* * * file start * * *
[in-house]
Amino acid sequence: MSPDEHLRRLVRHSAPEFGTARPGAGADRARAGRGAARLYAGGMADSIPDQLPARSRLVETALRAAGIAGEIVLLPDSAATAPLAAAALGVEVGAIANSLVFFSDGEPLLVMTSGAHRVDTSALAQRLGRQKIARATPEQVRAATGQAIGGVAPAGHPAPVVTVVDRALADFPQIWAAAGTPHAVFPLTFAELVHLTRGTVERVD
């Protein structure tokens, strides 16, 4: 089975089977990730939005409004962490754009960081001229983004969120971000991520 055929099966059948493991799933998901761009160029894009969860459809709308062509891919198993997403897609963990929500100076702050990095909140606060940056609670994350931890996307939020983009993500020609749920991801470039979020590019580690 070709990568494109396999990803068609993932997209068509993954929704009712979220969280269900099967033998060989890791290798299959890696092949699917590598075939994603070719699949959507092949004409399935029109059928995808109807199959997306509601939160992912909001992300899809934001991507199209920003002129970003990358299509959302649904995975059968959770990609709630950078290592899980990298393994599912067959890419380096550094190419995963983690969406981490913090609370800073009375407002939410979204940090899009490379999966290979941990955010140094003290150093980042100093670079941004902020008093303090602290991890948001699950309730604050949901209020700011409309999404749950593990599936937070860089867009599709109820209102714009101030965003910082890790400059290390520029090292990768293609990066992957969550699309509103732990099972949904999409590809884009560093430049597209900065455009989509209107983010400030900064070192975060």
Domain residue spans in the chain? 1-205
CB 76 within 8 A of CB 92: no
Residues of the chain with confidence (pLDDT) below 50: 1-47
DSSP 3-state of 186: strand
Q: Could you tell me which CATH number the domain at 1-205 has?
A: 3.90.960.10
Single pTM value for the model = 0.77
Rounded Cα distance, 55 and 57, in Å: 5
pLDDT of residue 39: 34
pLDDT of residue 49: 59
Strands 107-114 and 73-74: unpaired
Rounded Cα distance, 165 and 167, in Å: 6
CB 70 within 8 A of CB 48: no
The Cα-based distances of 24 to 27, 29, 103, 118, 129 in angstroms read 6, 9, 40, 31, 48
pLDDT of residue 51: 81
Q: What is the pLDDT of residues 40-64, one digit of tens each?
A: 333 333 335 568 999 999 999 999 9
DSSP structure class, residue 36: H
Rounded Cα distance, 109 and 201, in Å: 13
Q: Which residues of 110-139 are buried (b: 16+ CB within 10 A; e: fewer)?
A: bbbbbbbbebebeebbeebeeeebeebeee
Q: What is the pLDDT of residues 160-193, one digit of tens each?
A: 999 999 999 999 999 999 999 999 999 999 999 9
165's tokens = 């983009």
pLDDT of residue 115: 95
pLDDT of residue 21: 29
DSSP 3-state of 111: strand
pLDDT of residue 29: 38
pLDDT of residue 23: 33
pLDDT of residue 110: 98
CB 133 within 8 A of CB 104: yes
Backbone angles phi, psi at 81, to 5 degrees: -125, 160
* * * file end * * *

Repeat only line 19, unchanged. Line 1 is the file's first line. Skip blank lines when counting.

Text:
Q: What is the pLDDT of residues 40-64, one digit of tens each?